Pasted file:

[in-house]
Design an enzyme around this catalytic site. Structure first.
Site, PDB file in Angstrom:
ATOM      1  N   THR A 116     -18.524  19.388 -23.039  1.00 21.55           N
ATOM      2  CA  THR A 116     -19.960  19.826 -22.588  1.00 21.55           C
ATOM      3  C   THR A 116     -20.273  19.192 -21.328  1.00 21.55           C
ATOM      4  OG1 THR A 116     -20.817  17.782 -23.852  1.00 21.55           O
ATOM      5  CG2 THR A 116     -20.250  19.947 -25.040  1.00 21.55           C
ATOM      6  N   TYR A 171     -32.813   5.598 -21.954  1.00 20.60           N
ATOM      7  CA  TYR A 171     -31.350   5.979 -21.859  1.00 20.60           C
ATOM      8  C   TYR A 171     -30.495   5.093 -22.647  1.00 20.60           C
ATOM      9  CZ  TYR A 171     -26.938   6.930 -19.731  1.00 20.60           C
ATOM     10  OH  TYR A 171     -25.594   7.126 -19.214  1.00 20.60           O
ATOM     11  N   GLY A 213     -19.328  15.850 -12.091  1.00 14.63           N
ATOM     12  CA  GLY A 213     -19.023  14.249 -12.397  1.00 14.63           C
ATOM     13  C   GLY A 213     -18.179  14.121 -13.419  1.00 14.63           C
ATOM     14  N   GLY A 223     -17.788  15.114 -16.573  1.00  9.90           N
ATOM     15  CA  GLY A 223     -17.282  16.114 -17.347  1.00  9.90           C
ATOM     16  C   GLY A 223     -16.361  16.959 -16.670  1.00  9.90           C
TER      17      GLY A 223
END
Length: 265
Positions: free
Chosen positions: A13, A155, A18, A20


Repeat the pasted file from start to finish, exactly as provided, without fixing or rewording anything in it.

[in-house]
Design an enzyme around this catalytic site. Structure first.
Site, PDB file in Angstrom:
ATOM      1  N   THR A 116     -18.524  19.388 -23.039  1.00 21.55           N
ATOM      2  CA  THR A 116     -19.960  19.826 -22.588  1.00 21.55           C
ATOM      3  C   THR A 116     -20.273  19.192 -21.328  1.00 21.55           C
ATOM      4  OG1 THR A 116     -20.817  17.782 -23.852  1.00 21.55           O
ATOM      5  CG2 THR A 116     -20.250  19.947 -25.040  1.00 21.55           C
ATOM      6  N   TYR A 171     -32.813   5.598 -21.954  1.00 20.60           N
ATOM      7  CA  TYR A 171     -31.350   5.979 -21.859  1.00 20.60           C
ATOM      8  C   TYR A 171     -30.495   5.093 -22.647  1.00 20.60           C
ATOM      9  CZ  TYR A 171     -26.938   6.930 -19.731  1.00 20.60           C
ATOM     10  OH  TYR A 171     -25.594   7.126 -19.214  1.00 20.60           O
ATOM     11  N   GLY A 213     -19.328  15.850 -12.091  1.00 14.63           N
ATOM     12  CA  GLY A 213     -19.023  14.249 -12.397  1.00 14.63           C
ATOM     13  C   GLY A 213     -18.179  14.121 -13.419  1.00 14.63           C
ATOM     14  N   GLY A 223     -17.788  15.114 -16.573  1.00  9.90           N
ATOM     15  CA  GLY A 223     -17.282  16.114 -17.347  1.00  9.90           C
ATOM     16  C   GLY A 223     -16.361  16.959 -16.670  1.00  9.90           C
TER      17      GLY A 223
END
Length: 265
Positions: free
Chosen positions: A13, A155, A18, A20